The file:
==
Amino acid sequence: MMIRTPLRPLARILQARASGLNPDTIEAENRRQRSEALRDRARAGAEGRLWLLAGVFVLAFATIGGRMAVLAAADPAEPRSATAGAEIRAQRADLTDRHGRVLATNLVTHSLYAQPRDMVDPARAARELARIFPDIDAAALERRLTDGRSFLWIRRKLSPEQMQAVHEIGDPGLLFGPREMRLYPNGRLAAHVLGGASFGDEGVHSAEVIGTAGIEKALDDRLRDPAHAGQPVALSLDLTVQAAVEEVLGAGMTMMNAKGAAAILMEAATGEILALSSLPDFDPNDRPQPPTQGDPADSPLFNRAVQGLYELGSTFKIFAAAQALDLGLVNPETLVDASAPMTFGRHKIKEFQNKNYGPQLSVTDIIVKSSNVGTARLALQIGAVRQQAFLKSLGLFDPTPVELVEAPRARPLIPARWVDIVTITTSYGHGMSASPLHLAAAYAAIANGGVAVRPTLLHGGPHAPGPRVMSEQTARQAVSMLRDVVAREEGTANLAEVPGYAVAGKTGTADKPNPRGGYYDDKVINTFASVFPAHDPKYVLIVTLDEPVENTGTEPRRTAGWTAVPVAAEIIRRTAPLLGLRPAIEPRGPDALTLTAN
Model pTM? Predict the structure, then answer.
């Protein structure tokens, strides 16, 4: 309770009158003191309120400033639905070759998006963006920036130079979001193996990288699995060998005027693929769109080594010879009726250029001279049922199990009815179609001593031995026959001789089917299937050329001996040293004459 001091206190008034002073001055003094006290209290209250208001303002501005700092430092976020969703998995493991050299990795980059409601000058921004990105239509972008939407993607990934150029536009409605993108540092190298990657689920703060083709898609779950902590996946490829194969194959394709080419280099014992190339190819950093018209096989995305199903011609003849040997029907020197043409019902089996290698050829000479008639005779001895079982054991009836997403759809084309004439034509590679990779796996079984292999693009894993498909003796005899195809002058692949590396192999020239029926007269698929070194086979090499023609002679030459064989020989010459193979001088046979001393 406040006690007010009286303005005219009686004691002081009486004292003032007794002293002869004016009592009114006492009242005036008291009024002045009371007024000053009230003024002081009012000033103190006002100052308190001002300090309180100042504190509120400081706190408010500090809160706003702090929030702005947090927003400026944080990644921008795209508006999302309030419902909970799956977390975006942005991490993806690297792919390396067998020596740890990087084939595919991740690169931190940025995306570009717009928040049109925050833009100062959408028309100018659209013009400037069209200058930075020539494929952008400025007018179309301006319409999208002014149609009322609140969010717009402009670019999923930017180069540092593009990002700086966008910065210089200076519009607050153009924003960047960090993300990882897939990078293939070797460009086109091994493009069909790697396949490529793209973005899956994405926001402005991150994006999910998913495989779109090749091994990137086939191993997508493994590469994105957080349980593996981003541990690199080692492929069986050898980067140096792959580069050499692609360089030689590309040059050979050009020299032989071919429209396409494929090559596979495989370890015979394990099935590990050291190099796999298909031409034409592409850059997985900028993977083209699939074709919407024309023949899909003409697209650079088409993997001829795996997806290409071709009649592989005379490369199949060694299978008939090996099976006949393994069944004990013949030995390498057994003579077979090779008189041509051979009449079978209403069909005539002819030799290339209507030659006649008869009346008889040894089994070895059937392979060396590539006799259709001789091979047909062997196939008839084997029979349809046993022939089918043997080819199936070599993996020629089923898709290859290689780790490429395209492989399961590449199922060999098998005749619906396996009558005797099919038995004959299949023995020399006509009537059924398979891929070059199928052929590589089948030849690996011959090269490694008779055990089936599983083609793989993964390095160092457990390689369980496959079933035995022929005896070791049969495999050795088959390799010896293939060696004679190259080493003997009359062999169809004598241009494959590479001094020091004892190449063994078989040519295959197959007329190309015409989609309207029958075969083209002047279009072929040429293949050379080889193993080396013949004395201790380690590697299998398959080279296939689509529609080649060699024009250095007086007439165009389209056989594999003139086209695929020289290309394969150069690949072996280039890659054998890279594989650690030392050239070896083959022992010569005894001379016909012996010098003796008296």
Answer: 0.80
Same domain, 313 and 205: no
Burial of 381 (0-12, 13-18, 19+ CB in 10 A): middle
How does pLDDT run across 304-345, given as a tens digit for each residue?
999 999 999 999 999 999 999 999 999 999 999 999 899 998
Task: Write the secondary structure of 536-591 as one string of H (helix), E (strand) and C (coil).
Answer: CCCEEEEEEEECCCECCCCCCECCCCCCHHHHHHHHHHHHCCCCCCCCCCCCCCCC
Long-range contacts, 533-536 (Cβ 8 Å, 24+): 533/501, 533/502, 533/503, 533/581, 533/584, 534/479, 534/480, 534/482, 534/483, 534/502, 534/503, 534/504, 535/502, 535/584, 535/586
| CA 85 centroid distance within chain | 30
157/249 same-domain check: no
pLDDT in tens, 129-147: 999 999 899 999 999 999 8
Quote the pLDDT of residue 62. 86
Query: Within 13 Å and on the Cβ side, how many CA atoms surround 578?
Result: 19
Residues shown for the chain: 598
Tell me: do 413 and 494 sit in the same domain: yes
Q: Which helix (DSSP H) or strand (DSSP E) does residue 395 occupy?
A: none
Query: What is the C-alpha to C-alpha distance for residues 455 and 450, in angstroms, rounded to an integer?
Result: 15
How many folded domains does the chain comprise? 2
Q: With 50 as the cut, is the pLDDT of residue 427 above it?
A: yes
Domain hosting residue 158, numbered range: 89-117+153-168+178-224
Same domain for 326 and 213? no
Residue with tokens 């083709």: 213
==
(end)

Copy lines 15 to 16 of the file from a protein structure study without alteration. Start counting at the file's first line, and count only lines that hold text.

Quote the pLDDT of residue 62. 86
Query: Within 13 Å and on the Cβ side, how many CA atoms surround 578?